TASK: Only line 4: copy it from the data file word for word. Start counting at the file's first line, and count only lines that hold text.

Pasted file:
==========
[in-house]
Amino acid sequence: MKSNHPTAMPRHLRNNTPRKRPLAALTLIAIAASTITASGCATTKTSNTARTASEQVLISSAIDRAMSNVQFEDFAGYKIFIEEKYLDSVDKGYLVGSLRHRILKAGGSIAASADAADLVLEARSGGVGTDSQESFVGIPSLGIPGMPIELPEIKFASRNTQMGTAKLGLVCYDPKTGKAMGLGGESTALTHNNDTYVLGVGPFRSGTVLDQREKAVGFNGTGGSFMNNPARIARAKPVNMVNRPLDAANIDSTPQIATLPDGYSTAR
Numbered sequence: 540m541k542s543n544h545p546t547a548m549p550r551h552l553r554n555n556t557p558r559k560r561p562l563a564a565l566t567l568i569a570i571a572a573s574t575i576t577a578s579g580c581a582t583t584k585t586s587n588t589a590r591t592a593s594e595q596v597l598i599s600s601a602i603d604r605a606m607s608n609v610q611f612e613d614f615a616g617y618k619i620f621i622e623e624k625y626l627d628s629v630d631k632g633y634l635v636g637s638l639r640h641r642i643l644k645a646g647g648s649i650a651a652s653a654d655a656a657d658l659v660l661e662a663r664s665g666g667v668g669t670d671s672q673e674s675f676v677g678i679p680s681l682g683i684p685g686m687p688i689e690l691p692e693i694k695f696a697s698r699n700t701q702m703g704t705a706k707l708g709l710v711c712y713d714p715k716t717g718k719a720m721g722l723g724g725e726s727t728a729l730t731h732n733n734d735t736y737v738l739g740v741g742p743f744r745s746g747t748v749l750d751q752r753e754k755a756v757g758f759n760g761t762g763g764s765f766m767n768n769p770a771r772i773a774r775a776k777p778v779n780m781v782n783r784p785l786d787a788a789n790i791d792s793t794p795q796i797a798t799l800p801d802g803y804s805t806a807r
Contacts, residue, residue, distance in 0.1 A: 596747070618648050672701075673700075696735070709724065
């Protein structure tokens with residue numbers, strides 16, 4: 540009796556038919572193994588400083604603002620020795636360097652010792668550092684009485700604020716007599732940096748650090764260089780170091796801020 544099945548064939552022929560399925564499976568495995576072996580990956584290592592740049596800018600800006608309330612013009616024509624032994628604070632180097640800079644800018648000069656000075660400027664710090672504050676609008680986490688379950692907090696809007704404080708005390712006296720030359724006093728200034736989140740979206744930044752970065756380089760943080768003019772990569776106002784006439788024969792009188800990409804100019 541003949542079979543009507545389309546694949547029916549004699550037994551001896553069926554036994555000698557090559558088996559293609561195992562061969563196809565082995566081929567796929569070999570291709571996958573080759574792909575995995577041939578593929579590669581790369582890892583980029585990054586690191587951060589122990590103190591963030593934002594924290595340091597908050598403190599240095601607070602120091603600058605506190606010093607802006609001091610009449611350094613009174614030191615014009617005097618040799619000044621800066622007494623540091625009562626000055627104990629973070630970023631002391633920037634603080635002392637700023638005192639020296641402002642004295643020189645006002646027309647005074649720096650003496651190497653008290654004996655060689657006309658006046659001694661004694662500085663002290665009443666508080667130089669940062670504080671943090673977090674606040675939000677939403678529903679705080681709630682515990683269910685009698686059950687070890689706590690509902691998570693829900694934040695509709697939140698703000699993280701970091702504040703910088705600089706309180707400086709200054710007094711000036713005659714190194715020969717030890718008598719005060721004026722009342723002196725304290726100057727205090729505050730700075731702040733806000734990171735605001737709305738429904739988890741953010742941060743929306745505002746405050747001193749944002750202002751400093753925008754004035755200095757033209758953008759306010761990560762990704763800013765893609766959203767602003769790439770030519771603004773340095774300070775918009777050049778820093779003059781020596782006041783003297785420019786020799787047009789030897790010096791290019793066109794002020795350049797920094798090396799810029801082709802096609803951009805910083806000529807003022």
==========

Contacts, residue, residue, distance in 0.1 A: 596747070618648050672701075673700075696735070709724065